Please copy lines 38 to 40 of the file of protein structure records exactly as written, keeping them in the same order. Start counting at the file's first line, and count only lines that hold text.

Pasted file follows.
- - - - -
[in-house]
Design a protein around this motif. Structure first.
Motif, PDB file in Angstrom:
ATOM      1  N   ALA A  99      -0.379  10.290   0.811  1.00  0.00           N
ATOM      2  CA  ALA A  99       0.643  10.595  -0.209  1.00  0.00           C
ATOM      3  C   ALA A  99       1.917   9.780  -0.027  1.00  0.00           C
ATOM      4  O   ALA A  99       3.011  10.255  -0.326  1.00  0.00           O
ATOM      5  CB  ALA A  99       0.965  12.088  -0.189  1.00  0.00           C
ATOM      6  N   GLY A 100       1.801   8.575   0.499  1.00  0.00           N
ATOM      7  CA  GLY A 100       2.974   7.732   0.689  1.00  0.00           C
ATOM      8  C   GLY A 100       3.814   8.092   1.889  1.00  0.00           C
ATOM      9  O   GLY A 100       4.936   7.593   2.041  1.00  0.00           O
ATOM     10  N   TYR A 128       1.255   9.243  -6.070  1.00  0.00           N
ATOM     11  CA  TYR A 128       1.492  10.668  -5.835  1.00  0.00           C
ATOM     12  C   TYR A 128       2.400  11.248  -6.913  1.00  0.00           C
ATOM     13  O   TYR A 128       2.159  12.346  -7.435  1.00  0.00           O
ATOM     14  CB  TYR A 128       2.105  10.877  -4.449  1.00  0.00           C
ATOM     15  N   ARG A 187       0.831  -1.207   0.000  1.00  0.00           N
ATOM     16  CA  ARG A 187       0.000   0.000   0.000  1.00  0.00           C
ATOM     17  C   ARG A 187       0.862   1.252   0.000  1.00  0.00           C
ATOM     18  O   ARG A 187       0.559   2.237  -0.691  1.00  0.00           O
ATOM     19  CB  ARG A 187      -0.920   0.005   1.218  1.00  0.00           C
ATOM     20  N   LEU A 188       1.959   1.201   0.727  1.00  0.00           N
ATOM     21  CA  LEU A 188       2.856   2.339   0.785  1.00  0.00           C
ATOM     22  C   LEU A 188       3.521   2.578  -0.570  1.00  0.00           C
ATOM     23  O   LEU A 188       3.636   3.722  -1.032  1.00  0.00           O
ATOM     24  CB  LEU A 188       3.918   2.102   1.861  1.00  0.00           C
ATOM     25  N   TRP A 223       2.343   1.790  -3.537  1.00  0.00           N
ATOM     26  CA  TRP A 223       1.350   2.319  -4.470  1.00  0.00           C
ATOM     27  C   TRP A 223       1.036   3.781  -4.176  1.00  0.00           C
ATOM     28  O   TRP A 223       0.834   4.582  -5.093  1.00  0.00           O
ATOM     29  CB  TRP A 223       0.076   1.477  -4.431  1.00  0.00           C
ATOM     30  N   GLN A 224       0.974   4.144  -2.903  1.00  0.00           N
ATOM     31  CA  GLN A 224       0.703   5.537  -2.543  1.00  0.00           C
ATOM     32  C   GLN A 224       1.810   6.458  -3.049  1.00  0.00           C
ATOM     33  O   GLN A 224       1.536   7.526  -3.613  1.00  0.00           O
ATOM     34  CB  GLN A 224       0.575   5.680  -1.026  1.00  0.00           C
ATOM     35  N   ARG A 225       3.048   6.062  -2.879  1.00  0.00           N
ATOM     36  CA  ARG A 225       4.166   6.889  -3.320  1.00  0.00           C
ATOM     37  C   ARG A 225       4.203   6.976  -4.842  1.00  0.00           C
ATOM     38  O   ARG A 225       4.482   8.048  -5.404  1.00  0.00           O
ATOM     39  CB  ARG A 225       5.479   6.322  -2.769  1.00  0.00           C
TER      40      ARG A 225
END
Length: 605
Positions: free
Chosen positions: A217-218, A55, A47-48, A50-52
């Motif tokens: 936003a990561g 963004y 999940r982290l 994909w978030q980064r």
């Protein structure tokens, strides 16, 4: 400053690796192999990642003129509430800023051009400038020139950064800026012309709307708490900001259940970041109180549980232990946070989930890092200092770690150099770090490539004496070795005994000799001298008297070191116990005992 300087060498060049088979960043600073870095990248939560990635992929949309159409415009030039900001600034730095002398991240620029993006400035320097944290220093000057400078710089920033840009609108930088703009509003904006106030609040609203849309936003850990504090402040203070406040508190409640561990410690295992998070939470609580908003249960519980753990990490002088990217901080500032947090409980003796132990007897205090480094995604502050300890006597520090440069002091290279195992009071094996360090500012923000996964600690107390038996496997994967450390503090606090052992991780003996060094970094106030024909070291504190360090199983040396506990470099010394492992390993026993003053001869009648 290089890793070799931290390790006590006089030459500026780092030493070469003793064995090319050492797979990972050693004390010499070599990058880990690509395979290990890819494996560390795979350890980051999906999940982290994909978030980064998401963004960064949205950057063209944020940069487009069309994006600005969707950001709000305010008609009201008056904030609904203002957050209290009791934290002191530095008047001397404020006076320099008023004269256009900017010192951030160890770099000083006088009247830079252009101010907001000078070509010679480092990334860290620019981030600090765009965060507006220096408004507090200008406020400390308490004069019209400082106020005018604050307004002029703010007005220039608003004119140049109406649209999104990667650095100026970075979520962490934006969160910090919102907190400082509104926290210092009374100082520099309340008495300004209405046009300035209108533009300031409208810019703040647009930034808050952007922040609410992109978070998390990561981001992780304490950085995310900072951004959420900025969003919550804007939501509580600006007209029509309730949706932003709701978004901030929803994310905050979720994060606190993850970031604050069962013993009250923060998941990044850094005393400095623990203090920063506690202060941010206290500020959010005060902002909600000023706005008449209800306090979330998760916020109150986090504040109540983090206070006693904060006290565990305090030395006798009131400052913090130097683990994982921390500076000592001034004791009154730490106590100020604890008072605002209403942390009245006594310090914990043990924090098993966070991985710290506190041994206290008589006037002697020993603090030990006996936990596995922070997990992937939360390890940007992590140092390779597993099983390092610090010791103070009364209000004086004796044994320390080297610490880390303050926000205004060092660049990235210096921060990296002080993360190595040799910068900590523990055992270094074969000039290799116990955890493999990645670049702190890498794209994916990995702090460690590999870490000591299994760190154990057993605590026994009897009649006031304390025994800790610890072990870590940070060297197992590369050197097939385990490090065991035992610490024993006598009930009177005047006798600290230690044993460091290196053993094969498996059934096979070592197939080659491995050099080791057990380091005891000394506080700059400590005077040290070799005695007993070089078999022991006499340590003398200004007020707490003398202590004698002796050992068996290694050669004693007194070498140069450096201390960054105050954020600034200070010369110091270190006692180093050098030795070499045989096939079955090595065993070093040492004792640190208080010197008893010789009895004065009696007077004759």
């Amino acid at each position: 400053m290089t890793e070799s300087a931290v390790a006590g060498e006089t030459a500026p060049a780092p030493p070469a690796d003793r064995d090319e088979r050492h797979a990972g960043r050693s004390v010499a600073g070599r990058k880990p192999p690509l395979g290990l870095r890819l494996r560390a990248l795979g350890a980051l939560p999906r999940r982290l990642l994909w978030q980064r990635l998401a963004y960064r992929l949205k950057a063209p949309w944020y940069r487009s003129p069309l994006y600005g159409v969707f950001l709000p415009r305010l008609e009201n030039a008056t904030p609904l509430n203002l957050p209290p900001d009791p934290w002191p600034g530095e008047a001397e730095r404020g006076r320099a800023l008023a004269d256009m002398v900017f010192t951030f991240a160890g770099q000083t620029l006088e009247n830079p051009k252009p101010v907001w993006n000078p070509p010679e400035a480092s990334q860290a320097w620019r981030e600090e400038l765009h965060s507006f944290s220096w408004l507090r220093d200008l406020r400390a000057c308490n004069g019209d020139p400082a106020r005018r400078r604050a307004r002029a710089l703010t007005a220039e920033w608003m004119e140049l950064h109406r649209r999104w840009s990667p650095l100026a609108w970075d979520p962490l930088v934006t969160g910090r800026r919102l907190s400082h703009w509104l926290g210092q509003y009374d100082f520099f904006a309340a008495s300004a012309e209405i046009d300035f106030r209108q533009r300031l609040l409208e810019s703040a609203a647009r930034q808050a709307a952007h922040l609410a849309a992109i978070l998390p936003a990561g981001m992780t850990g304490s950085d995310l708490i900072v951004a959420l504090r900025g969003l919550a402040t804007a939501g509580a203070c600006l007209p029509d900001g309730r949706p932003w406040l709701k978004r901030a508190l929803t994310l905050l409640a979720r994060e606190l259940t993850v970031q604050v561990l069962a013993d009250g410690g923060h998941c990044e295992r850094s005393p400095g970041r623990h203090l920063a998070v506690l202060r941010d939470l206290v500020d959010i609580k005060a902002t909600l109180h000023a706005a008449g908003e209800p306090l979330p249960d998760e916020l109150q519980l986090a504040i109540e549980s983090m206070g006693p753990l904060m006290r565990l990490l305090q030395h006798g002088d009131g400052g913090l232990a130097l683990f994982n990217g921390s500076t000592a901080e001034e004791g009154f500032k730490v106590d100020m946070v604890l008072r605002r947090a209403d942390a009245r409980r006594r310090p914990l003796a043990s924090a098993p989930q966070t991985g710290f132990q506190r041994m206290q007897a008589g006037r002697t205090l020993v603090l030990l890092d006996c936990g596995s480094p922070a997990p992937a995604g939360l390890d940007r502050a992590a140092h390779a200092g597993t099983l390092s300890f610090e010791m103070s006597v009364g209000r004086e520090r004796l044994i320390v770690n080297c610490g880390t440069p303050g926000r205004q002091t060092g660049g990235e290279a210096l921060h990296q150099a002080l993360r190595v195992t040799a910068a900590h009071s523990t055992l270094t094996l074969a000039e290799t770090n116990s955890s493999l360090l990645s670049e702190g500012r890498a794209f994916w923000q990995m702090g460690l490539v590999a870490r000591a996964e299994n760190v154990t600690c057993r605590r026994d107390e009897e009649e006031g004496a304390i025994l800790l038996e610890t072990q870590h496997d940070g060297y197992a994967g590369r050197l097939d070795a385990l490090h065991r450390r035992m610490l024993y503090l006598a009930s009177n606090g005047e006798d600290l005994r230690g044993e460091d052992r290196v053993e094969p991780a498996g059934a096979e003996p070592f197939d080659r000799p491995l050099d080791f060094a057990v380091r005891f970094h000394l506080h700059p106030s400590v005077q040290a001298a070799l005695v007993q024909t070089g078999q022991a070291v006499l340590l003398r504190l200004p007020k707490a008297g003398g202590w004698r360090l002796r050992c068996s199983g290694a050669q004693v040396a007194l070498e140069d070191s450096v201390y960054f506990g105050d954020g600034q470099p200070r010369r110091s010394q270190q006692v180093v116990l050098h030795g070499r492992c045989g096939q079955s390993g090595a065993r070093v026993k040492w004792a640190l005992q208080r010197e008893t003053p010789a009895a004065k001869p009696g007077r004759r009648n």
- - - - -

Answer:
ATOM     35  N   ARG A 225       3.048   6.062  -2.879  1.00  0.00           N
ATOM     36  CA  ARG A 225       4.166   6.889  -3.320  1.00  0.00           C
ATOM     37  C   ARG A 225       4.203   6.976  -4.842  1.00  0.00           C